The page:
Wangari Maathai: “Natural Resource Management and Poverty Reduction” - Closing Remarks by the AfDB President Donald Kaberuka
Event: Eminent Speakers Program – Professor Wangari Maathai
We have come to the end of this Eminent Speakers’ presentation. Please join me in applauding the Nobel Laureate for a job well done. The session has been very interactive and has provided the opportunity to share our thoughts on the need for a balanced management of agricultural practices, lumbering, water resource exploitation and environmental protection. She has highlighted the impact of natural resources management and poverty alleviation in Africa.
Professor Maathai has stressed the inextricable links between natural resources endowment, institutional and organizational capacities of countries, good governance and the roles of local communities. We have heard from her how some countries and communities have succeeded in harnessing their resources for economic growth and poverty alleviation, and why others continue to be trapped in poverty when the potentials abound for transition to prosperity. Throughout her presentation, she has provided evidence on how the “natural resources curse” can be reversed.
One key conclusion from the deliberations is that, in most cases, the task of managing natural resource call for joint efforts by all stakeholders. There is a need for national and regional partnerships to maximize the shared benefits from natural resources which transcend national borders. In this regard, support and convening experiences of the bilateral and multilateral development agencies such as the African Development Bank will always be required.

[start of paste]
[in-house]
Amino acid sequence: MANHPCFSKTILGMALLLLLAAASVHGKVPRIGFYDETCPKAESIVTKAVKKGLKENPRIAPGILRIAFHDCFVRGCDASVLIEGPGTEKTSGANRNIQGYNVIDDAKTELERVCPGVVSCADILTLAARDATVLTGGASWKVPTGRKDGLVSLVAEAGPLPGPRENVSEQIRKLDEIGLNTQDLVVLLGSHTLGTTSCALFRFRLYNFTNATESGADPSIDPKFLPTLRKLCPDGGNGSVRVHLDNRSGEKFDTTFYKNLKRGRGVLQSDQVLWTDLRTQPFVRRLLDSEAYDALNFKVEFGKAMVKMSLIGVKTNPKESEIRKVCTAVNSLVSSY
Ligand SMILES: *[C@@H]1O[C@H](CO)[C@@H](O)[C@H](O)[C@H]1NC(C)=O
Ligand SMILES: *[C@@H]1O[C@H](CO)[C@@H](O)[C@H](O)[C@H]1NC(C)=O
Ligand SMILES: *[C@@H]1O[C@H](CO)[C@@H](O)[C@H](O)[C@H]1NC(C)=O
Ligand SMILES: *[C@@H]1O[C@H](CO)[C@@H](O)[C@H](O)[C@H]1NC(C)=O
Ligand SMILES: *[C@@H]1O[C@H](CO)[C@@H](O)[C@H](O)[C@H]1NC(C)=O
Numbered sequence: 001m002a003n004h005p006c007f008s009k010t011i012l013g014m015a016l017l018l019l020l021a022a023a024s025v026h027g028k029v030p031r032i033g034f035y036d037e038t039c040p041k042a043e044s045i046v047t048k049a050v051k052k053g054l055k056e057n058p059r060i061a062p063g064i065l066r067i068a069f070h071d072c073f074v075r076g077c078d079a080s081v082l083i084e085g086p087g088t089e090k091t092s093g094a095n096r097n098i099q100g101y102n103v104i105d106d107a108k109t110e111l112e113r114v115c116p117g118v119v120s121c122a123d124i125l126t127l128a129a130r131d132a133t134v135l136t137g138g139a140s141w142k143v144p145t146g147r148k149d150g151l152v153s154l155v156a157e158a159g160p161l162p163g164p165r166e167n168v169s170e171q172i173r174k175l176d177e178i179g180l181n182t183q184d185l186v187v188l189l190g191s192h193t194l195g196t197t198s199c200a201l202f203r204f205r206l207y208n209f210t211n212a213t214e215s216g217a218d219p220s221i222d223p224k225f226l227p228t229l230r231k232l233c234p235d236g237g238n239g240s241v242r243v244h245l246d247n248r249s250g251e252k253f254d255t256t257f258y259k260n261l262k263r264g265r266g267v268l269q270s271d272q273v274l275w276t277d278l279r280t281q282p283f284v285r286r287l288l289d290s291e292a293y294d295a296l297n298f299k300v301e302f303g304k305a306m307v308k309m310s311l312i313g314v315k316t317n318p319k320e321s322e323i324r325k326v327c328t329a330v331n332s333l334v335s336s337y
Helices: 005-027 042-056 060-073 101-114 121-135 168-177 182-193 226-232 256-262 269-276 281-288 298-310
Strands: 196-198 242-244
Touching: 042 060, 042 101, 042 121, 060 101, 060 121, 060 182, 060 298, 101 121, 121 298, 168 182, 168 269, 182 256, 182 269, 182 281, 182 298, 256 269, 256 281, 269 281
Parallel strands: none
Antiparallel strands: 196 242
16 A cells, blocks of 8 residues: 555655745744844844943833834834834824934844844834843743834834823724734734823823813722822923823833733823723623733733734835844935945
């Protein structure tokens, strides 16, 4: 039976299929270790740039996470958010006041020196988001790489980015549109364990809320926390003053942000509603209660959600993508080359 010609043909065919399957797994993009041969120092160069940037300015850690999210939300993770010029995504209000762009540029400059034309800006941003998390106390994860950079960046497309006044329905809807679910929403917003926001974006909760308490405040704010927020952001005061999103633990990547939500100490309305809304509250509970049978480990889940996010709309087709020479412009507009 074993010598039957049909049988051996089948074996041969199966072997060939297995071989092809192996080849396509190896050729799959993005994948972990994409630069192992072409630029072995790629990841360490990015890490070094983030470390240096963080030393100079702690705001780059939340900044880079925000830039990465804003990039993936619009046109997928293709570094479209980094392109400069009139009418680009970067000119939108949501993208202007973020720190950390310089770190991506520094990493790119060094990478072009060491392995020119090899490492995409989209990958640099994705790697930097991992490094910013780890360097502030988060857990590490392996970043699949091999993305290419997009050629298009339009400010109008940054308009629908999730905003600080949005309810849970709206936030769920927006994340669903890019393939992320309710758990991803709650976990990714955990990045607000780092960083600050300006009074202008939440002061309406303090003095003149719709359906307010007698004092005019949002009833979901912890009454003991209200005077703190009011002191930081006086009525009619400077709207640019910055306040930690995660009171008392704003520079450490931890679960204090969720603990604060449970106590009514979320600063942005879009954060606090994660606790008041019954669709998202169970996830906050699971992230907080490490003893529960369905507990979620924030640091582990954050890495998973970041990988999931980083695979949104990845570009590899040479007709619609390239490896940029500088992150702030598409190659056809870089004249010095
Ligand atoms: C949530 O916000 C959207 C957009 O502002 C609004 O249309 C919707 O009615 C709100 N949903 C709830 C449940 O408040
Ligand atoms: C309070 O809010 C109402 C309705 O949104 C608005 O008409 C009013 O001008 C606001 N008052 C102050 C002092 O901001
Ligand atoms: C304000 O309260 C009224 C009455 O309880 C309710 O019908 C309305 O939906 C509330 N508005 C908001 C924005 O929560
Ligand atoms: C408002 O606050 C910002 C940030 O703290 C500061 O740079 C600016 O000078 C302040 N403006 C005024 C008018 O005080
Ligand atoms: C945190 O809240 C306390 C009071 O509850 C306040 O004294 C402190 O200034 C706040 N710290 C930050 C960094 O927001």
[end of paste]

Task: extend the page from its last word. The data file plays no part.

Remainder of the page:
From her presentation I also noted the call for an integrated and participatory approach in natural resources management. This is to allow environmental governance from the grassroots and bring about improved awareness and ownership of programs by local populations. I am pleased to state that these have been central to all the Bank’s projects on natural resources use. We will step up our endeavour in these regards and complement these approaches with increased flexibility in project design and swift implementation.
Professor Maathai, this brief but highly educative exchange has sharpened our awareness on the need for more creative thinking so as to solidify the foundation for sustainable use of the continent’s natural resources while seeking to boost productivity and reduce poverty. I want to assure you that we will accord due consideration to your recommendations. We have learnt a lot from your presentation and I would like to convey the sincere appreciation of the Bank.
Once again, I thank you all for coming and wish Nobel Laureate Professor Wangari Maathai a safe return to Nairobi.